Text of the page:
The bill also requires that the employer “shall consider information” submitted by the applicant … before making a final decision.”
If the employer makes a final decision to deny employment, it must notify the applicant in writing of the final denial or disqualification in which the employer may–but is not required to–justify or explain its reasoning; any existing procedure the employer has for the applicant to challenge the decision or request reconsideration; and the right to file a complaint with the DFEH.
Regardless, and consistent with existing Labor Code Sec. 432.7, the bill prohibits employers from considering or disseminating any of the following about an applicant: arrests that did not result in a conviction (except in limited situations), involvement in a pre- or post-trial diversion program and convictions that we expunged or sealed.
This new law does not apply where federal, state or local laws require criminal background checks for employment purposes or restrict employment based on criminal history.
Employers should review and update their hiring protocols to comply with this new law, from job applications to background checks to interviewer training to individualized assessment processes. AB 1008 is similar to an existing Los Angeles ordinance, but employers should check to see if there is a local ordinance that must also be complied with.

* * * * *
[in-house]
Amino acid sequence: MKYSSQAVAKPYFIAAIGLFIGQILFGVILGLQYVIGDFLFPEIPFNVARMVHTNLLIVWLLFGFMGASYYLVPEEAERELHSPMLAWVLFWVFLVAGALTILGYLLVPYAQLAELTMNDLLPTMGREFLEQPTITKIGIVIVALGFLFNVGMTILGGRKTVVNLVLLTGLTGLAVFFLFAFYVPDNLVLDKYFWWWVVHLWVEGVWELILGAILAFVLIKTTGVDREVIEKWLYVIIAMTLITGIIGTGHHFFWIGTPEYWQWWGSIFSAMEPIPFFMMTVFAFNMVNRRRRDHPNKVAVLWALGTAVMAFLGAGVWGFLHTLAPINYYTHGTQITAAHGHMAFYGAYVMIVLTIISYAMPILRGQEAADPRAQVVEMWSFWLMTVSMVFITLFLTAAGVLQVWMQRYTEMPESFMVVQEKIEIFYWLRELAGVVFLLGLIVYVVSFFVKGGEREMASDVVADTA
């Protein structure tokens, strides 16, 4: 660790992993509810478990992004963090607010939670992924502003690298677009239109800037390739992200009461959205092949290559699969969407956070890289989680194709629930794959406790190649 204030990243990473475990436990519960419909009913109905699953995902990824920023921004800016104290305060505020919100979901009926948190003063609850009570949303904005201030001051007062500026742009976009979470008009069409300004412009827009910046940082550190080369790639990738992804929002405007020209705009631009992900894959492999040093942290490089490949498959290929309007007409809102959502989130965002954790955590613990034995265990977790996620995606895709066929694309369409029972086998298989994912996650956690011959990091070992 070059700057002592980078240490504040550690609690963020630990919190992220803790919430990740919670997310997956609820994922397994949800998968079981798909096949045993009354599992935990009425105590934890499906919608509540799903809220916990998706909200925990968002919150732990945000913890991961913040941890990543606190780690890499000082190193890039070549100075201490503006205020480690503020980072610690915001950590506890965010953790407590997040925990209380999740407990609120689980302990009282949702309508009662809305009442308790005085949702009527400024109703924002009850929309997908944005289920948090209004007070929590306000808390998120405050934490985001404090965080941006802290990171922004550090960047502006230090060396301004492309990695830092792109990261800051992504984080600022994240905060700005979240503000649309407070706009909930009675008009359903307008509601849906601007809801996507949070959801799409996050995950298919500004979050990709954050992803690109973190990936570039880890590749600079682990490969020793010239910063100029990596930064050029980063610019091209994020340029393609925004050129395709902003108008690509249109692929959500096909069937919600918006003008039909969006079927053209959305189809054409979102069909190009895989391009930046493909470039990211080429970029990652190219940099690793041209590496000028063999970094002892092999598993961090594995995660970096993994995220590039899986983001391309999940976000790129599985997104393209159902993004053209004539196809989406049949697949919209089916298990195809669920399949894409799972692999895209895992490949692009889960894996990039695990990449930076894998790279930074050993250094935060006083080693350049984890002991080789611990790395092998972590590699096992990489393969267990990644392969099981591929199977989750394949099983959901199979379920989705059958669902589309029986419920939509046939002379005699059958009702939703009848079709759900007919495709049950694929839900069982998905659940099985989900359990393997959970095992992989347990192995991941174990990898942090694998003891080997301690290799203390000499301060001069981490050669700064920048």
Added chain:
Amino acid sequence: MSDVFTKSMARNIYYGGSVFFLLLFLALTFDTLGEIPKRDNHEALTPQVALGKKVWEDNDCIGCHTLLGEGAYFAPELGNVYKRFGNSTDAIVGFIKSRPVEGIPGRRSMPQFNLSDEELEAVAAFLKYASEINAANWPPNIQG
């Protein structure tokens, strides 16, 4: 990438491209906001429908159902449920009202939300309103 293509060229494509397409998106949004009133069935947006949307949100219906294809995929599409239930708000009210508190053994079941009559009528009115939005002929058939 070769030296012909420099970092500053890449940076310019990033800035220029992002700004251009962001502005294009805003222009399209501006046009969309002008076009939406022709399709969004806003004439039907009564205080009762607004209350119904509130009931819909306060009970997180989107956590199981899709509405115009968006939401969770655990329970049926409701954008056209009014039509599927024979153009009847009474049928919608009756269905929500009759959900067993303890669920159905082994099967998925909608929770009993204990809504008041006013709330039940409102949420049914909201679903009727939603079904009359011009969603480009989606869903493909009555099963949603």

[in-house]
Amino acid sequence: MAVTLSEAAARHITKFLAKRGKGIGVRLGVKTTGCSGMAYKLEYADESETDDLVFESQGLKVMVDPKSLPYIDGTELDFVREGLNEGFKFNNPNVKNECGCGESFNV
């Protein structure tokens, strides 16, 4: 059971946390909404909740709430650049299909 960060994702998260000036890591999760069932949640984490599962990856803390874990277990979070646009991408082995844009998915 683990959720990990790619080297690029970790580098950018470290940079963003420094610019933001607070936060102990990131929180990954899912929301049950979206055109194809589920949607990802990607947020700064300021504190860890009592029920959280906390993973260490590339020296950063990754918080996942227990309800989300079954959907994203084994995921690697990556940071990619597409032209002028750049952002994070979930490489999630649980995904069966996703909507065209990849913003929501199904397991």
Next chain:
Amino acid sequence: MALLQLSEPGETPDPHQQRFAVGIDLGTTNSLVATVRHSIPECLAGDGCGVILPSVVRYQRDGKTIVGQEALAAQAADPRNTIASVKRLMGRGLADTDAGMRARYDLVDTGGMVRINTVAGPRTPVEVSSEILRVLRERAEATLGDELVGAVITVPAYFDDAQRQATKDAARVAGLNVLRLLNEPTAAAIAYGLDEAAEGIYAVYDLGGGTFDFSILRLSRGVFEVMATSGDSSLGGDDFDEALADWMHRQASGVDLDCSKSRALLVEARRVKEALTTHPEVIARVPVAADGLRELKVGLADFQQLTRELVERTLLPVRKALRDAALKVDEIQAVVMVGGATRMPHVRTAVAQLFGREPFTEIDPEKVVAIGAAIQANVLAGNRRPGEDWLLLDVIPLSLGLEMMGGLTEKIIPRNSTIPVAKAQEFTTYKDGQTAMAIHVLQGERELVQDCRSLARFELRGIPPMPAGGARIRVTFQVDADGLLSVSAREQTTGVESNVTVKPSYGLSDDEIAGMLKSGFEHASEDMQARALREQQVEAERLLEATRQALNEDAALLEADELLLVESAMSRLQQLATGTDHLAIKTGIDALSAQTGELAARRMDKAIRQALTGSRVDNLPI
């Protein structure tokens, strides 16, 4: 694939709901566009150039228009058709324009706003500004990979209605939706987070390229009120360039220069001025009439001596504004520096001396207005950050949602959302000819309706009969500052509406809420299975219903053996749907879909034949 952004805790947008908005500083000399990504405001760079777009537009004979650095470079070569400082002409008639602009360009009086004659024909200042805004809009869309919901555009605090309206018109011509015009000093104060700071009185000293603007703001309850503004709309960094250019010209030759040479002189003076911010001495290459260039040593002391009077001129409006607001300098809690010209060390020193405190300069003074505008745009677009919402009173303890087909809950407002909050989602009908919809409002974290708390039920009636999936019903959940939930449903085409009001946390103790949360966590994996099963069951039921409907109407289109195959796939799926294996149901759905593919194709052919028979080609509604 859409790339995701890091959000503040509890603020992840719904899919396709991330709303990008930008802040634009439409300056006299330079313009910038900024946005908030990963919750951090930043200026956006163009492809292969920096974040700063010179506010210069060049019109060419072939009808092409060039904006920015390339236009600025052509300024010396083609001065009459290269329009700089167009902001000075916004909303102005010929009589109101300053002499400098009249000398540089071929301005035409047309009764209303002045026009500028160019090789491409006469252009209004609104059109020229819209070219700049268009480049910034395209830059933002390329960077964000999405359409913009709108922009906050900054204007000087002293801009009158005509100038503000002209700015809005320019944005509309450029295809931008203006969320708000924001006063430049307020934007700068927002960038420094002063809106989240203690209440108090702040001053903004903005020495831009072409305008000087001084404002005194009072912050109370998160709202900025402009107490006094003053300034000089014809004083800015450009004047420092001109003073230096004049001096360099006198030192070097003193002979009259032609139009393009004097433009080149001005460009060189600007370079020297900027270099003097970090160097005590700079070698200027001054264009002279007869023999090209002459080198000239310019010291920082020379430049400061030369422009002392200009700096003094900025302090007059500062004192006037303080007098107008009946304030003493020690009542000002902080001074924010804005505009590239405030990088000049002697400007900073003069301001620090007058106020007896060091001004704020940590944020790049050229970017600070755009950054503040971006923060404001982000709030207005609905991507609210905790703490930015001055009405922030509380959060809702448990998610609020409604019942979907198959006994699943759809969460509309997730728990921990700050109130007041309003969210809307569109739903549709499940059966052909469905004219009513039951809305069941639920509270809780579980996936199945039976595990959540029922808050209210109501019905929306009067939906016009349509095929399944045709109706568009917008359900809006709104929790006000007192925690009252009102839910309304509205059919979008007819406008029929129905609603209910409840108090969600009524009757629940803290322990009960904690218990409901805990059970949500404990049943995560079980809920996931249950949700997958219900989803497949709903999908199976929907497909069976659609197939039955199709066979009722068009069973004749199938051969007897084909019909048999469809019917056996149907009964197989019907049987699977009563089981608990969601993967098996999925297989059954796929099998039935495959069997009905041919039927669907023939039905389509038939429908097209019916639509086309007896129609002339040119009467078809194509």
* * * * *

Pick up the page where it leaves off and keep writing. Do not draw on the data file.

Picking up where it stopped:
Joint Employer Liability of General Contractors for Subcontractor Wages
For contracts entered into on or after Jan. 1 in the state for erection, construction, alteration or repair of a building, structure or other private work, AB 1701 adds Labor Code Sec. 218.7 to make the direct contractor jointly liable for its subcontractor’s (regardless of tier) debts owed to wage claimants for their performance of labor included in the direct contractor and the owner.
The joint liability extends to unpaid wage, fringe or other benefit payment or contribution, including interest, but excluding penalties and liquidated damages.
The bill permits contractors to include and enforce lawful protective contractual provisions with their subcontractors. Examples might include indemnity, approval of lower tier contractors, monitoring and audit, and attorney fees provisions. The bill also requires subcontractors, upon request of the contractor, to provide payroll information for all employees on the job.
General contractors should work with counsel to improve contracts with subs and consider monitoring and verification of subcontractor payrolls.
Small Business Required to Provide Parental Leave
SB 63 adds the Parental Leave Act as Gov. Code Sec. 12945.6 to require that employers who have 20-49 employees provide up to 12 weeks unpaid parental leave of absence to eligible employees to bond with a new child within one year of the child’s birth, adoption or foster care placement. Under this bill, employees who have more than 12 months of service with their employer, at least 1,250 hours of service with their employer during the previous 12-month period and who work at a site in which their employer employs at least 20 employees within a 75-mile radius, are entitled to take parental leave.